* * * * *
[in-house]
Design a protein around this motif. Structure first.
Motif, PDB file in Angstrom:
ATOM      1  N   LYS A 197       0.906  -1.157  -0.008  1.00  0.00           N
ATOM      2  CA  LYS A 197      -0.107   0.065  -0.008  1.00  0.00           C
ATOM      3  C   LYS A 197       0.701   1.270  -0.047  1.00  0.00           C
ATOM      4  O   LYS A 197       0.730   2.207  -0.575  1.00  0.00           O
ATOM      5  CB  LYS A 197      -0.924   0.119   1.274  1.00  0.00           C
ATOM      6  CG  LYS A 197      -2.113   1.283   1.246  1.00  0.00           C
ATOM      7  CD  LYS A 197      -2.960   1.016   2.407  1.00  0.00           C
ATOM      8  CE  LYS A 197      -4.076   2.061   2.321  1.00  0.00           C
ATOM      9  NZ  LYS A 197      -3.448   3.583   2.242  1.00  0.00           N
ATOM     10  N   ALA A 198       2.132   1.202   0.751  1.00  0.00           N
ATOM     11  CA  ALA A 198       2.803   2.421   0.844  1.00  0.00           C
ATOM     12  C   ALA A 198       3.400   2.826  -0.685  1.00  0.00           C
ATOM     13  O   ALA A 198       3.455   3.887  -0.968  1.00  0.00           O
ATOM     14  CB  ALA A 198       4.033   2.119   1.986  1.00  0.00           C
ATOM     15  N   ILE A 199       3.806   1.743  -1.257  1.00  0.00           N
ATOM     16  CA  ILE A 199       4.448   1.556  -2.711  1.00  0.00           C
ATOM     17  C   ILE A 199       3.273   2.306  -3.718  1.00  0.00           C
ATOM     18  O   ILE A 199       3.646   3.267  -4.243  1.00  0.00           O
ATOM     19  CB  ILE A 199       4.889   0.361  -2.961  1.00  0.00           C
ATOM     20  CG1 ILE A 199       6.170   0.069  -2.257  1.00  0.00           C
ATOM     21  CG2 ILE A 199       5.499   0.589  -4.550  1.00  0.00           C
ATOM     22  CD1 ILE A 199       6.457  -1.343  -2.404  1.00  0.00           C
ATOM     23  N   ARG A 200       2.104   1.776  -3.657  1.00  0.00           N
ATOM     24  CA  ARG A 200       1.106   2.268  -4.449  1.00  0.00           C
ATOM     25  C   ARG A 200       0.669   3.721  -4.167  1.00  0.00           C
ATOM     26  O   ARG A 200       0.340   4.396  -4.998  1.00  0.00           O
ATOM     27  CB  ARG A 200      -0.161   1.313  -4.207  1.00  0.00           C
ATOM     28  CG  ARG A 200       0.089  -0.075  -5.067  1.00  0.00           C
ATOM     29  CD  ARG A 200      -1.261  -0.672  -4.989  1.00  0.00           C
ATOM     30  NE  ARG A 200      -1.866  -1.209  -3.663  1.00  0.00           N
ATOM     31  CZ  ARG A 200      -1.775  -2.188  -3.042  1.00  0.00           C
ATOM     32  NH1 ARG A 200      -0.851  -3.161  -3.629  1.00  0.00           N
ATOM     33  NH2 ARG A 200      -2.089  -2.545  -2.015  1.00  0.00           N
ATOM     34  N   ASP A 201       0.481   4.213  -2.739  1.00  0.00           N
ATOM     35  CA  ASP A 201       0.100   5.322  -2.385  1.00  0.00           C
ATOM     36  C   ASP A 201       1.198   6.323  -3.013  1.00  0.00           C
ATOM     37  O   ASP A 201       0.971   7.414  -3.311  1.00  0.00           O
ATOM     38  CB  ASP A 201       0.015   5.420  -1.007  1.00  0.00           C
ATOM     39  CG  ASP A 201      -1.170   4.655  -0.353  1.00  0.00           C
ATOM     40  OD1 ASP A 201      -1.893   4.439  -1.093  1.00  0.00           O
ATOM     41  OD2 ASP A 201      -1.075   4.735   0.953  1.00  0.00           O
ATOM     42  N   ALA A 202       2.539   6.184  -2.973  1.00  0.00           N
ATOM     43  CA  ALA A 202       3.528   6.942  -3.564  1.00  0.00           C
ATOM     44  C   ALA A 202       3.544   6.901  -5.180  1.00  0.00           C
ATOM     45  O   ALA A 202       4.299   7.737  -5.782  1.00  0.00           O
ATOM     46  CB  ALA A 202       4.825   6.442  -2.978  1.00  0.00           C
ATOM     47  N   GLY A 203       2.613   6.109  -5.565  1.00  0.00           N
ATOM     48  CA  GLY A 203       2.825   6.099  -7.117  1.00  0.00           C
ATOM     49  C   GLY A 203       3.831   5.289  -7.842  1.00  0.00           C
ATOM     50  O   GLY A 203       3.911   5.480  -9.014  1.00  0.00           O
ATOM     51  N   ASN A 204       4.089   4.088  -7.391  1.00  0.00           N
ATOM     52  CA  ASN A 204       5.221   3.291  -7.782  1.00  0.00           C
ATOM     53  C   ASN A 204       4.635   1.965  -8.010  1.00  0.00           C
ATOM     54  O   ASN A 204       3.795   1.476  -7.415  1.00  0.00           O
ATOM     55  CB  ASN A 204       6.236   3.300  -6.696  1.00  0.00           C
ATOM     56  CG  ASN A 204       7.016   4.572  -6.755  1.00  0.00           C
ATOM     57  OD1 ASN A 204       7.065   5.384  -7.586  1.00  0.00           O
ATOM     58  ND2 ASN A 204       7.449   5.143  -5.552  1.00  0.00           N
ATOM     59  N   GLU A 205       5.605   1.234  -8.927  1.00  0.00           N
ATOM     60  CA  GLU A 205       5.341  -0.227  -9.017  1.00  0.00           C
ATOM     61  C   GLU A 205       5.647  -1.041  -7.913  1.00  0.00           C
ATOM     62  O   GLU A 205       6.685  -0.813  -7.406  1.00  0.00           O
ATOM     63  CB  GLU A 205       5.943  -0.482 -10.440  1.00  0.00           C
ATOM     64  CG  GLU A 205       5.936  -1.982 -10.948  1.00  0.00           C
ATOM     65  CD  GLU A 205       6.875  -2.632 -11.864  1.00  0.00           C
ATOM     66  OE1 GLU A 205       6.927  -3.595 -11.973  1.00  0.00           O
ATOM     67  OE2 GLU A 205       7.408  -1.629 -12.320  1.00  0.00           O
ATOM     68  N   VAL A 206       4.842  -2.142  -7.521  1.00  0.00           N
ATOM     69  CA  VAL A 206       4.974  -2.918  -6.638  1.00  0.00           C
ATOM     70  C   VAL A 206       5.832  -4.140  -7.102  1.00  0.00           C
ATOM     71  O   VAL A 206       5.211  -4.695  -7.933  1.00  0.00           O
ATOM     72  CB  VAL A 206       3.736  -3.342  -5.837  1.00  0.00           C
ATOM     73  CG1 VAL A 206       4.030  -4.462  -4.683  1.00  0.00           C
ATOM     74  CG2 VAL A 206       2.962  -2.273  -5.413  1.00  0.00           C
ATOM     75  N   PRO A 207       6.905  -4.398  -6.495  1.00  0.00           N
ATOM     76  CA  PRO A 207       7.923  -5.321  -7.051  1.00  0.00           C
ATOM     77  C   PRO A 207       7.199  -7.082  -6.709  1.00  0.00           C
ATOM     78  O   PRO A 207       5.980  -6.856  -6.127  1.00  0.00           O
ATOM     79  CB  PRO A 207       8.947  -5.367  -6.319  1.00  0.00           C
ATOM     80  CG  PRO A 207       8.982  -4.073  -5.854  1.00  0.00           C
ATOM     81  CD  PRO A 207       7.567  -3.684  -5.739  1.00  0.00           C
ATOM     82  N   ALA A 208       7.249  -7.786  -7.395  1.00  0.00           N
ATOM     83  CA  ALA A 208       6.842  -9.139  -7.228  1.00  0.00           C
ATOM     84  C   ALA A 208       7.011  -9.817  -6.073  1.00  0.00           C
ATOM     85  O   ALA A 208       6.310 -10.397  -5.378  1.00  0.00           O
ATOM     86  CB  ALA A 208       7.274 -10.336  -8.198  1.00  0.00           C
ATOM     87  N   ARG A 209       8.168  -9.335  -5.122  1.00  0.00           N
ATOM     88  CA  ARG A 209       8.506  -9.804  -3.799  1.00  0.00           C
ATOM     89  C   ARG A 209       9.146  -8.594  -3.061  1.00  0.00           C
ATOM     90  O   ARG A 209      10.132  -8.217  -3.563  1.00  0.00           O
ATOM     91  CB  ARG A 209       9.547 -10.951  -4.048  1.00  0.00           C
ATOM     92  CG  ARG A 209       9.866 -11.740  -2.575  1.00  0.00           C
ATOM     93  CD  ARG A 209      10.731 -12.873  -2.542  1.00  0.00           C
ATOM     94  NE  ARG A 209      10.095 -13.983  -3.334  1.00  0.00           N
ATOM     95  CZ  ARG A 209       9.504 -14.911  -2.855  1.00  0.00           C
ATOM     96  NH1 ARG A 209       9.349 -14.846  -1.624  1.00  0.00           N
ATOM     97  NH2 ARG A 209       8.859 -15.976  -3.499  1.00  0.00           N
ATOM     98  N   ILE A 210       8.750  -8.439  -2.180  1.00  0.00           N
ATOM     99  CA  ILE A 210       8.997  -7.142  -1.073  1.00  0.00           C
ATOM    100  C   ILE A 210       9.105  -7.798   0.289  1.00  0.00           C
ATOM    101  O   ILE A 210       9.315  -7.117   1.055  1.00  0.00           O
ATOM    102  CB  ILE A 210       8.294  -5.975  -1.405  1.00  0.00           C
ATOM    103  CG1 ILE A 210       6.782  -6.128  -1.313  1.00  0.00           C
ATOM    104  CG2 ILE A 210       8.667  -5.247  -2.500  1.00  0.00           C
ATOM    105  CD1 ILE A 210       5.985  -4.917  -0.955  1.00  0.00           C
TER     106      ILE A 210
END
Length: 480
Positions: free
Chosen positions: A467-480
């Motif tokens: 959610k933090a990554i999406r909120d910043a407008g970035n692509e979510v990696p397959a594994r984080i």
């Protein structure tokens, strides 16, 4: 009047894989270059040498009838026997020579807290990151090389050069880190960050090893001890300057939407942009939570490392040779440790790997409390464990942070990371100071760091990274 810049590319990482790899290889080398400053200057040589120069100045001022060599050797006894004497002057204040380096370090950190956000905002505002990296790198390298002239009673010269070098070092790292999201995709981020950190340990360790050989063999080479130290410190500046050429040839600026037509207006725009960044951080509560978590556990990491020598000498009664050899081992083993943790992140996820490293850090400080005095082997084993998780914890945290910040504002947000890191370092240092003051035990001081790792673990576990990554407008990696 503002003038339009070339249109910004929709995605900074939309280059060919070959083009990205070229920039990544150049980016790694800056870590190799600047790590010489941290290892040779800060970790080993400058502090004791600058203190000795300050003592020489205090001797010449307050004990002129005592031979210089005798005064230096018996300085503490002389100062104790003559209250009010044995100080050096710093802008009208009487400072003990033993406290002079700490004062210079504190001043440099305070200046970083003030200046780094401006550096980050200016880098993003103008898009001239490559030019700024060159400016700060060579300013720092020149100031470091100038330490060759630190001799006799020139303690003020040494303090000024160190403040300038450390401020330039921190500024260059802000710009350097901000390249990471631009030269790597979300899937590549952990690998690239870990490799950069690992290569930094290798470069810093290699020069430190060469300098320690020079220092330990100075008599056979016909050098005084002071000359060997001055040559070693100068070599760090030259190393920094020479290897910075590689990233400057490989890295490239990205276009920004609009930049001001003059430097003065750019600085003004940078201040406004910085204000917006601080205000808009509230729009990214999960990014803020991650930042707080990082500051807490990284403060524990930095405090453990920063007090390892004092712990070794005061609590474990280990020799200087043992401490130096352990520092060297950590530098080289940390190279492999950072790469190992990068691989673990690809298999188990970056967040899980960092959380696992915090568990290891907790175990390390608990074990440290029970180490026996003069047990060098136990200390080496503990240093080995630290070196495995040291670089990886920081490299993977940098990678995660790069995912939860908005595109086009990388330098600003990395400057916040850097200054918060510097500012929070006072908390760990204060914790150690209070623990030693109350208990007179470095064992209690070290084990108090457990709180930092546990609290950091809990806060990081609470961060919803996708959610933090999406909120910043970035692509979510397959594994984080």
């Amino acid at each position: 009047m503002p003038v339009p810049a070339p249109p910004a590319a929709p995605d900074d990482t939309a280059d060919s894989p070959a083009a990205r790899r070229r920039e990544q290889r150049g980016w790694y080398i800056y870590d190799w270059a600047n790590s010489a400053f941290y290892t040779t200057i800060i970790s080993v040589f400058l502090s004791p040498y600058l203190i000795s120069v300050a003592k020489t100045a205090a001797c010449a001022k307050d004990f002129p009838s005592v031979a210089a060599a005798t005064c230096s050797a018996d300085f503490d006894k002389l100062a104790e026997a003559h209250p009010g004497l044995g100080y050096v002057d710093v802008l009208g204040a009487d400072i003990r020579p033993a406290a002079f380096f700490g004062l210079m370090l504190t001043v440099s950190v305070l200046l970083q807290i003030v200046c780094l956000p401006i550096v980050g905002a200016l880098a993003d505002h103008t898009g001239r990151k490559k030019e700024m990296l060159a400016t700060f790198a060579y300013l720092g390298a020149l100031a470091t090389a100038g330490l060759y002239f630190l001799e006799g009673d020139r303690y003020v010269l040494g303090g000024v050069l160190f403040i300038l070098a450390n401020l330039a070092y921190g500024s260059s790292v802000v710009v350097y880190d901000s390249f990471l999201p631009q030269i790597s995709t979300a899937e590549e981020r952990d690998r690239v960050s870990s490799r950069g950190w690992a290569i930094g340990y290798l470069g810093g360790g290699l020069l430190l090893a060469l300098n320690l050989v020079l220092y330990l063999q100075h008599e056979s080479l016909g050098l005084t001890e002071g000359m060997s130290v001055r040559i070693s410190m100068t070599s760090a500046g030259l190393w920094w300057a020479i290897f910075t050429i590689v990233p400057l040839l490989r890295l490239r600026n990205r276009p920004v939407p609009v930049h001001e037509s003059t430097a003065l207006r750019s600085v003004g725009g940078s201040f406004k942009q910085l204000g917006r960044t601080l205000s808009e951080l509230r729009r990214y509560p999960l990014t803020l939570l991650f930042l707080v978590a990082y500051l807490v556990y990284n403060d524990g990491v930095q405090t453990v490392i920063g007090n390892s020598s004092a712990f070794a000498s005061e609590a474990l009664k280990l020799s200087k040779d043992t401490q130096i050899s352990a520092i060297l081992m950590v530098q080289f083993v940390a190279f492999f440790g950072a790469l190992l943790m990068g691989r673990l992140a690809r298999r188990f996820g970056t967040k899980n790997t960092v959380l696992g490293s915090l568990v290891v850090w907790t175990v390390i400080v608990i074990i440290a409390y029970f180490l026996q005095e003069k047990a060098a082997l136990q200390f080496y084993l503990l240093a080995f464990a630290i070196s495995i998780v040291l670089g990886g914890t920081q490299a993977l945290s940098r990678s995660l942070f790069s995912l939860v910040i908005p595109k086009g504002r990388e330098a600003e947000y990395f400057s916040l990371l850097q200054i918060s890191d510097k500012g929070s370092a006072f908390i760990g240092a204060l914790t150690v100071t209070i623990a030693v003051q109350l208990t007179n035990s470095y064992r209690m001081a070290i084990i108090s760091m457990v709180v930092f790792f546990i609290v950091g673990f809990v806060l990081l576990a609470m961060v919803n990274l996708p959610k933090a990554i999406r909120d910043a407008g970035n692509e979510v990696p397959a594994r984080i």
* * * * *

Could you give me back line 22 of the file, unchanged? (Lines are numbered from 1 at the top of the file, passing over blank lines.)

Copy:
ATOM     19  CB  ILE A 199       4.889   0.361  -2.961  1.00  0.00           C